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What it means for Rwanda to have banned skin bleaching creams

TextCharlie Brinkhurst-Cuff

With the ability to damage your insides and burn your skin, skin bleaching creams can be seriously dangerous. Charlie Brinkhurst-Cuff speaks to one woman whose call for a ban was heard by the country's president

Rwanda has become the first East African nation to ban skin bleaching creams, with the government sending out a task force which has seized over 5,000 products – some of which have the ability to damage your insides and scar and burn your skin.

Mercury and hydroquinone, found in illegal skin bleaching creams worldwide, can have a toxic effect on the nervous, digestive and immune systems, and on the lungs, kidneys, skin and eyes. They can also permanently destroy melanin.

In November, Rwanda’s president weighed in on a Twitter discussion, stating that skin bleaching, known as “mukorogo” in Rwanda, was “Quite unhealthy among other things. Includes use of prohibited chemicals. MoH [Ministry of Health] and RNP [Rwanda National Police] need to rein this in very quickly...!” The government has now started to send officials around the country to enforce the ban and patrol markets where products might be sold.

Fiona Kamikazi, a communications specialist and social activist based in the capital city of Kigali, led the Twitter discussion and said that it was “super exciting” that the president agreed with her and that the ban was a “much-needed intervention”. The morning after their interaction on the social media platform, she said that there was already activity around removing the products from stores.

“In Ghana, pregnant women are using products so that they can have light-skinned babies” – Fiona Kamikazi

For Kamikazi, the cause against skin lightening is personal. “I have friends that have been using these products for a long time, and their skin is very much affected,” she said. “Burning, scarring, black spots around the eyes that they have to cover up with concealers and foundations. It's really scary. When I wrote that tweet, I had seen an old friend I hadn't seen in three years that I couldn't recognise. When you meet the person and you can't recognise them because they've completely changed, it's very dangerous.” The situation in parts of Africa is so serious, she added, that “in Ghana, pregnant women are using products so that they can have light-skinned babies”.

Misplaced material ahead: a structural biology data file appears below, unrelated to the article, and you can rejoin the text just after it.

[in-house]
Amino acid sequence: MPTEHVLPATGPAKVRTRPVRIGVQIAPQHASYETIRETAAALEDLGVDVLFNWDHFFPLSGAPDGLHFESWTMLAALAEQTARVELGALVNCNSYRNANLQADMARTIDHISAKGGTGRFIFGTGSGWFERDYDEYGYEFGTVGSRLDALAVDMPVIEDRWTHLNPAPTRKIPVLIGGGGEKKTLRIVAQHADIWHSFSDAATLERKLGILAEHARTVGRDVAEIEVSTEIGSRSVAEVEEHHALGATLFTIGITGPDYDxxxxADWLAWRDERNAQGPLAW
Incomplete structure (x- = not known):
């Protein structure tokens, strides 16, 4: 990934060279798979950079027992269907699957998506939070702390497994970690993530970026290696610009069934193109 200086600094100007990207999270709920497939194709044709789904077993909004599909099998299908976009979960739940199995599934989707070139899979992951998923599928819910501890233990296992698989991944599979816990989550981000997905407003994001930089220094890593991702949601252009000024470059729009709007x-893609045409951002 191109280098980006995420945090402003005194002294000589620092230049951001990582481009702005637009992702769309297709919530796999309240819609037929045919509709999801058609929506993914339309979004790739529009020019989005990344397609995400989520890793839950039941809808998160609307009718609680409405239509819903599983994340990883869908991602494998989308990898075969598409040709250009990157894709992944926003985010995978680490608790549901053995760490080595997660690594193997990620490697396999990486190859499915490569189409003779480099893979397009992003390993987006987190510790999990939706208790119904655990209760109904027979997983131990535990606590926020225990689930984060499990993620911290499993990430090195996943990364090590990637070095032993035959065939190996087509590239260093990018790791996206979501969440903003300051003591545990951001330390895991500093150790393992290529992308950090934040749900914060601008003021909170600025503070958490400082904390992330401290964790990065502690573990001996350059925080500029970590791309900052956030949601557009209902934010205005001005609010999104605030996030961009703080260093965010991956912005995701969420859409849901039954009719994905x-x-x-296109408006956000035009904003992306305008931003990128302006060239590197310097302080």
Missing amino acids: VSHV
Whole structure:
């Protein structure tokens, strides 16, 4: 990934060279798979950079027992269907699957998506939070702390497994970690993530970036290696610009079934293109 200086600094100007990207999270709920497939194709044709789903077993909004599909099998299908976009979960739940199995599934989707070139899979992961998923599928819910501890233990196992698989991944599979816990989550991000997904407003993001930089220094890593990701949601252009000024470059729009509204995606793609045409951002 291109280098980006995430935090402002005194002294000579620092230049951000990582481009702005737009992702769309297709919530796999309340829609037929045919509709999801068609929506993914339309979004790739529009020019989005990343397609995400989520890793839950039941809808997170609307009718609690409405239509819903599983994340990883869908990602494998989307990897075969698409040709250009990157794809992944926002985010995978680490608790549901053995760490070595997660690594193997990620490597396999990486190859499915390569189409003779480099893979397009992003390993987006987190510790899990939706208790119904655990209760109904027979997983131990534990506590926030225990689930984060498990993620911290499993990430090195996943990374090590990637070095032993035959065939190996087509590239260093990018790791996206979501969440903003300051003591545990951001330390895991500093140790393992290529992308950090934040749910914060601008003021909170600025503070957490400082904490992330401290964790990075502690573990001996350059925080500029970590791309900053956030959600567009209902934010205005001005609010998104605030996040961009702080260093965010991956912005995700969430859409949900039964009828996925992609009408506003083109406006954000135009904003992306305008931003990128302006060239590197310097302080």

A study in neighbouring country Tanzania in 2011 found that there were six “thematic” reasons as to why women bleach their skin: 1. To remove pimples, rashes, and skin disease. 2. To have soft skin. 3. To be White, “beautiful,” and more European looking. 4. To remove the adverse effects of extended skin bleaching use on the body. 5. To satisfy one’s partner and/or attract male mates. 6. To satisfy and impress peers.

“People think that somebody who is fairer is more beautiful, and it affects all women,” said Kamikazi. “I'd say 80% of the people who bleach are women. Society oppresses dark-skinned women, and convinces them that they are not beautiful… I've seen now that many people are embracing their natural hair and using natural products like oil on their skin and their hair. It's coming, but it's still not as big as the people who are trying to look different.”

“The underlying mindset that causes women to bleach their skin undoubtedly remains bound in a world where certain skin tone and features are ubiquitously seen as being more attractive”

The underlying mindset that causes women to bleach their skin undoubtedly remains bound in a world where certain skin tone and features are ubiquitously seen as being more attractive. Symbolically, it feels important that the government has banned the products, but globally, women with darker skin tones need to be given tools of empowerment. Otherwise, a ‘black market’ of imported products will continue to thrive.

“Everything that is illegal, people always try to find a way to get it,” said Kamikazi on the impact of the ban. “I know for a fact that it will happen. But the good thing that came with this ban, is the emphasis that the Ministry of Health is putting on advising people and doing campaigns to actually let people know the effects of these products. I hope it's going to change people's mindsets.”

A 2011 World Health Organisation study found that as many as 77% of women used skin lightening creams in the African countries that they surveyed. Although Rwanda is the first East African nation to commit to a ban, there are a handful of other African countries who have also laid down the law: in 1983, South Africa banned most skin lighteners, in 2015 Ivory Coast banned all skin whitening creams, and in 2016, Ghana banned certain skin whitening products that included hydroquinone. There have been renewed calls for a ban in Nigeria.

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